5 Skull Review: "The Fade Out" #1 - Bloody Disgusting
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5 Skull Review: “The Fade Out” #1



The Brubaker/Phillips train just keep right on rolling with issue #1 of “The Fade Out” – a 40’s era film industry noir that epitomizes and defines the genre in equal measure.  For the uninitiated: Brubaker and Phillips have been writing crime books together for 15 years and have never once put out anything that wasn’t exceptional in every way.  If you missed their last book “Fatale”, or if you have any interest in hard-boiled fiction, get on this book immediately.  These guys are masters of their craft.



WRITTEN BY: Ed Brubaker
ART BY: Sean Phillips

PRICE: $3.50

RELEASE: August 20, 2014

Reviewed By Epic Switzer

I can’t believe Brubaker is finally telling this story.  As the go-to-guys for crime/noir in comics it is hard to believe this is their first trip into “Hollywoodland” territory.

“The Fade Out” begins with a familiar premise reminiscent of “The Black Dahlia”: a promising young actress has been murdered at a film star’s party.  I remark upon the familiarity not to admonish the book or dispute its originality, because noir relies upon the readers understanding of its tropes and conventions and the narrative familiarity is what establishes the foundation for the intricate series of events that are sure to transpire.

It is said by some that noir is more of a style than a genre, and from this perspective we can see how expertly Brubaker and Phillips control the noir aesthetics to draw us in with a familiar premise; invocative of “Sunset Boulevard”, “Mulholland Drive”, and so many others.  However, if you know anything about this team of evil geniuses and their knack for genre bending and expectation advertising, you know to expect something really incredible.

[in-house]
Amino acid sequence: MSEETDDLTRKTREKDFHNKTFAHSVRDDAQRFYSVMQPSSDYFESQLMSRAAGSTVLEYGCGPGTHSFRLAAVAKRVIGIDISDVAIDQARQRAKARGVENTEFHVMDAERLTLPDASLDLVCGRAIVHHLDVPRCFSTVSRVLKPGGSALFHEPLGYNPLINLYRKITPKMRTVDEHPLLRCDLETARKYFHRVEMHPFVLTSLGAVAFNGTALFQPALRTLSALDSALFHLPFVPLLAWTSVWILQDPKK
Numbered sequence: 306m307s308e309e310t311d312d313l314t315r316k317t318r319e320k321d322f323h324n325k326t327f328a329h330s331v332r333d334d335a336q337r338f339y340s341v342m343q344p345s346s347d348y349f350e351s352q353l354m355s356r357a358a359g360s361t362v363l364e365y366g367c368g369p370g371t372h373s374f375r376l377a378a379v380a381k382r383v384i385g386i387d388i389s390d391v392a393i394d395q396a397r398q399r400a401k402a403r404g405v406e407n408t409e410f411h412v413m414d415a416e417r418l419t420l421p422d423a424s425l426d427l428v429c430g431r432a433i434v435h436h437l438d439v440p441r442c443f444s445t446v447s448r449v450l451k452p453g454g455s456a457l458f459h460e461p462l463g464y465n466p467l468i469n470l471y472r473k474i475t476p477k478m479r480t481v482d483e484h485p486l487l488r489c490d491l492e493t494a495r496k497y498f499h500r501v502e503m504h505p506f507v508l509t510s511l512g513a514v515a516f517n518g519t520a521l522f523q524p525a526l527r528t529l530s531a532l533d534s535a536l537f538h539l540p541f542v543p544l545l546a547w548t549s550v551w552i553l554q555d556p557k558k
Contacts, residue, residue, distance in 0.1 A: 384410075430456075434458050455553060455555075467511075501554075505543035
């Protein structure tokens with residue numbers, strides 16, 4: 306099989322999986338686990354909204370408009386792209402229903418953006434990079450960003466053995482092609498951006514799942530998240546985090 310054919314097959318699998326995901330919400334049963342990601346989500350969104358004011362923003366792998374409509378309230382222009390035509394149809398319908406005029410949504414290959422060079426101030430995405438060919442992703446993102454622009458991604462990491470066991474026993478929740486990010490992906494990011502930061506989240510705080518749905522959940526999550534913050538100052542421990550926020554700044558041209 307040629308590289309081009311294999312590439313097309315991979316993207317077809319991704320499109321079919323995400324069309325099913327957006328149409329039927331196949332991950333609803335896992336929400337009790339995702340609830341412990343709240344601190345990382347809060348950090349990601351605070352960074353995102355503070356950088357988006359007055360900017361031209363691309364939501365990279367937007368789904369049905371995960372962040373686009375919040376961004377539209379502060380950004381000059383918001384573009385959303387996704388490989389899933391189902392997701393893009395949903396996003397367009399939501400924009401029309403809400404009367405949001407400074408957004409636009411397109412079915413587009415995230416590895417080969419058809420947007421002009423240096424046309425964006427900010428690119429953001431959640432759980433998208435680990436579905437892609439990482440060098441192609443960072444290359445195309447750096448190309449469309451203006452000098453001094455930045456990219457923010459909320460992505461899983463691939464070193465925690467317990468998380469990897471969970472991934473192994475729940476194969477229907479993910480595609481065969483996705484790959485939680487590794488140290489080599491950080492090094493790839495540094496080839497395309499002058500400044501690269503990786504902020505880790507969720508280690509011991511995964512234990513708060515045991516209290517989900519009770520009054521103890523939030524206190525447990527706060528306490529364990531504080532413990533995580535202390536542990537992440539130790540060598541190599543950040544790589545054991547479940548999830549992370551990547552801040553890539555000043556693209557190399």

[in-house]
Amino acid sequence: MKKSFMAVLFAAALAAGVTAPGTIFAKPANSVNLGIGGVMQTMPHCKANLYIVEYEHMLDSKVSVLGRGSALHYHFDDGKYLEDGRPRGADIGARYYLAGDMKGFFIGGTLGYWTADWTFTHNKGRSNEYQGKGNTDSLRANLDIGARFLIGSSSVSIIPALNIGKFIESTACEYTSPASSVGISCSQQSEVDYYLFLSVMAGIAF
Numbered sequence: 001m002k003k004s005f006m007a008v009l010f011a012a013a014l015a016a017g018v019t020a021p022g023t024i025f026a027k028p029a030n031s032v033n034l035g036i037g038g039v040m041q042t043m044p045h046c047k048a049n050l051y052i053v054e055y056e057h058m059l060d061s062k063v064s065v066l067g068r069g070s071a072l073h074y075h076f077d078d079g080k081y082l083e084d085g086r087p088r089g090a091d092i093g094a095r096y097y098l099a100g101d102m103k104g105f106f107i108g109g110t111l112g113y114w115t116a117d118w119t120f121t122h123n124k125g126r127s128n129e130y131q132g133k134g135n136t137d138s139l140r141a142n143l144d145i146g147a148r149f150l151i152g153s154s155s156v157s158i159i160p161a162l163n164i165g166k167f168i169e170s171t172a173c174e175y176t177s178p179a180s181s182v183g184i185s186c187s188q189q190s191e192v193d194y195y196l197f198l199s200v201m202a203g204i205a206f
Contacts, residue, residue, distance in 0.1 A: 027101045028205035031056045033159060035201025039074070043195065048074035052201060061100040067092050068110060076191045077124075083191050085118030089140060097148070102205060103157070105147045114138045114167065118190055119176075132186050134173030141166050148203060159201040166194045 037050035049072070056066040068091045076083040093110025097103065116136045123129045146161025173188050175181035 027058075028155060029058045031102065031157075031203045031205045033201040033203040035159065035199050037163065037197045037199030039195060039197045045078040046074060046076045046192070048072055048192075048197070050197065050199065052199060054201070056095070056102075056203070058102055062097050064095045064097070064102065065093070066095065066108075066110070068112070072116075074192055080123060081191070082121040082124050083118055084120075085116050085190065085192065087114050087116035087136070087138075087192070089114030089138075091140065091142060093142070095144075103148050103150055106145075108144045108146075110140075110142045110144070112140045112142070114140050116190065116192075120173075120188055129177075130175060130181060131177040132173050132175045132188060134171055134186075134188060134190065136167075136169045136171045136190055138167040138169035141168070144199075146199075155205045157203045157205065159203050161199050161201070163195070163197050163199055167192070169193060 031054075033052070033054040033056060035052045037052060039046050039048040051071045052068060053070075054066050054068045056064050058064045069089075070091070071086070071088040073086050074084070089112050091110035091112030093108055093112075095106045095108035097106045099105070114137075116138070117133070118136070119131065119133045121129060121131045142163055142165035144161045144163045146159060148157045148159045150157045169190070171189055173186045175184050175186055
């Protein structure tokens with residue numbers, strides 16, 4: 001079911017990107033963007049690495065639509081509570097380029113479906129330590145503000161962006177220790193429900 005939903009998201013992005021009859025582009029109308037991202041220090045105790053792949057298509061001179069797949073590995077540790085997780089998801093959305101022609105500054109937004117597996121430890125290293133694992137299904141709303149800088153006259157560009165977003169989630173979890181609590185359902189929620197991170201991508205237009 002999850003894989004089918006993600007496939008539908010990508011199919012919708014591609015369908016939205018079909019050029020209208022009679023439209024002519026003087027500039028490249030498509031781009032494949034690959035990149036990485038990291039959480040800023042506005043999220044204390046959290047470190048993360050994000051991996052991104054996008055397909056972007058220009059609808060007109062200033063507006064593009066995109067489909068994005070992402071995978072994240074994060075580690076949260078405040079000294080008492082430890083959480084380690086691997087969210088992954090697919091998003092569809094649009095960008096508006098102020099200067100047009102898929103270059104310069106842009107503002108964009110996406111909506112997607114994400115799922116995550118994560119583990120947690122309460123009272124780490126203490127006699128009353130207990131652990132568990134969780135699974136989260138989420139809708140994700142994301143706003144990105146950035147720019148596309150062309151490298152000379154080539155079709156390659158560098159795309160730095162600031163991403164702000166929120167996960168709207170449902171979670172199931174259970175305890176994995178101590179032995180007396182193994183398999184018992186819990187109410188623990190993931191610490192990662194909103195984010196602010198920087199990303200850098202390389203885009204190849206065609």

I tend to look at new books with a simple rubric: new = good.  What I love the most about reading image books is that they are consistently packed with fresh ideas and new stories.  “The Fade Out”, on the other hand is not something entirely unique, but instead what it is is a perfectly crafted genre piece from the guys who can do it the very best.

Brubaker’s words are poetry.  His concise narration complements the tight constricted frames that Phillips arranges so beautifully.  If you want to introduce someone to film noir, you show them “Maltese Falcon”.  If you want to introduce someone to noir comics, you show them “The Fade Out”, and there ain’t nothing wrong with that.

This may not strike you as a wholly original kind of comic book, but it is perfectly constructed in genre, style, and tone.  Read “The Fade Out” and appreciate it as a perfect book that will eventually become a perfect series.

Editors Note: 

I don’t usually throw my two cents into reviews, but I can’t help but entirely echo the above sentiments about this book. It’s a perfectly crafted genre piece that fills a void you didn’t even know was empty. Holy shit guys, the Brubaker and Phillips train just keeps gaining speed.

Epic Switzer AKA Eric is an aspiring filmmaker and screenplay writer living in Los Angeles.  His work tends to focus on the lighter side of entropy, dystopic futures, and man’s innate struggle with his own mortality.  He can be found on twitter @epicswitzer or reached via email at ericswitzerfilm@gmail.com



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